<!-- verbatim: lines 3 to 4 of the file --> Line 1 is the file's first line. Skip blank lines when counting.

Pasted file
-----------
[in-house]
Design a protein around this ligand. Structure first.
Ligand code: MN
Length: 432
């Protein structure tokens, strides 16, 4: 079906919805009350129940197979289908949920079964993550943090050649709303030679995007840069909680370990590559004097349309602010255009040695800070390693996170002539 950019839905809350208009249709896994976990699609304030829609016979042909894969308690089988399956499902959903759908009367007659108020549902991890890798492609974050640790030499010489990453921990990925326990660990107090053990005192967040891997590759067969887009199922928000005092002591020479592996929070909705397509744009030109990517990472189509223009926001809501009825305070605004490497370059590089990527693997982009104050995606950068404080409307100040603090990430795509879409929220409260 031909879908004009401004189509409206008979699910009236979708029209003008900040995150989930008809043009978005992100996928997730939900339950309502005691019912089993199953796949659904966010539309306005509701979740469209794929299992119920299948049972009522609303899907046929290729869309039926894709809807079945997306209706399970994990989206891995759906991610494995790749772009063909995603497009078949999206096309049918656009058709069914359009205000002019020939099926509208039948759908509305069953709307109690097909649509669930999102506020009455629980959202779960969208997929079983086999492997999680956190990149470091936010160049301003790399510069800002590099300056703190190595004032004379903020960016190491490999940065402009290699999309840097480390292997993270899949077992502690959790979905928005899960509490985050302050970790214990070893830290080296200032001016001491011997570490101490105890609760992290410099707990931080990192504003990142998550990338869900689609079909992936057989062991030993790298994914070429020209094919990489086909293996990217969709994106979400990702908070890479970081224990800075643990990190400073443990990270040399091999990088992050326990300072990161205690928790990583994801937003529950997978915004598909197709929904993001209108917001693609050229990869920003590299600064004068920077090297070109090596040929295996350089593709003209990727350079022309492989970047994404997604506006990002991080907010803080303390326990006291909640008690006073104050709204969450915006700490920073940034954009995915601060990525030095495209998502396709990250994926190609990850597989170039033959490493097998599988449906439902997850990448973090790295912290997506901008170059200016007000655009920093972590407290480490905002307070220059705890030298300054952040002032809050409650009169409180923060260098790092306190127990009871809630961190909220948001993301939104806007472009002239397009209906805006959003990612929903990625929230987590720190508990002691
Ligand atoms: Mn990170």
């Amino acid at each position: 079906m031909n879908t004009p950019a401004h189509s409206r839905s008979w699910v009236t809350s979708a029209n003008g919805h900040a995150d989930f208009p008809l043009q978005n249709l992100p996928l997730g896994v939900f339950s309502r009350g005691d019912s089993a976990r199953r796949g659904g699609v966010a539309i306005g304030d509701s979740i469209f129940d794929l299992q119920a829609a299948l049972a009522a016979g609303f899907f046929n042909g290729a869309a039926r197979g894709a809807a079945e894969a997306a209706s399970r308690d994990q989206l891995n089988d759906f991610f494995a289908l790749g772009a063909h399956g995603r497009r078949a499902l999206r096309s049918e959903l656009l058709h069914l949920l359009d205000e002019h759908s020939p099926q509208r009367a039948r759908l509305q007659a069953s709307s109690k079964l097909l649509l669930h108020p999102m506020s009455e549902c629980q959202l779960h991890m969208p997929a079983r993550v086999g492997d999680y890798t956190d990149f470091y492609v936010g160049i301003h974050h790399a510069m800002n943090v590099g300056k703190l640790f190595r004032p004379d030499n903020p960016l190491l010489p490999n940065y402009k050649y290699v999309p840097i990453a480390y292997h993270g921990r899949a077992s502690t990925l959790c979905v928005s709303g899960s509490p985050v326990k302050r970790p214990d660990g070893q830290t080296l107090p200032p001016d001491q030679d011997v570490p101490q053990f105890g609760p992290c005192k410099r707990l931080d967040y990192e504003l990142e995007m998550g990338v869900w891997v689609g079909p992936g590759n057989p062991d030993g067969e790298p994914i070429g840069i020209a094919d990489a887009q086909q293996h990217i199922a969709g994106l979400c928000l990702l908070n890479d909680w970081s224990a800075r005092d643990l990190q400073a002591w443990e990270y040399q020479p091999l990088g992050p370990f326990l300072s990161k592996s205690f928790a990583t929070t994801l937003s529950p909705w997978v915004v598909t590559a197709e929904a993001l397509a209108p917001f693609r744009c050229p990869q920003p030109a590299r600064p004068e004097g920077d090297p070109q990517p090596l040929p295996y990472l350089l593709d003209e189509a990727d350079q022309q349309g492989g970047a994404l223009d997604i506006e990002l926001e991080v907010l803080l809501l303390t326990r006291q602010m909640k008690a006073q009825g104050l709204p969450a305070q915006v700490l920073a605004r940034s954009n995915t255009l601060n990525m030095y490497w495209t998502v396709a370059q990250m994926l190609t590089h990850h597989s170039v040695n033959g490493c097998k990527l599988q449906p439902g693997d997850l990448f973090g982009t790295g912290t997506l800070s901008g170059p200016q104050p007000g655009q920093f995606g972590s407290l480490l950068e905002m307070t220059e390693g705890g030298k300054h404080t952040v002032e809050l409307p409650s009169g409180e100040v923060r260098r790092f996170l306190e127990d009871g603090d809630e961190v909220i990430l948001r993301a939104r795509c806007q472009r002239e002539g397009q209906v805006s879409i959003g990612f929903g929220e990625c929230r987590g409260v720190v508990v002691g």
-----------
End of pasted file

Ligand code: MN
Length: 432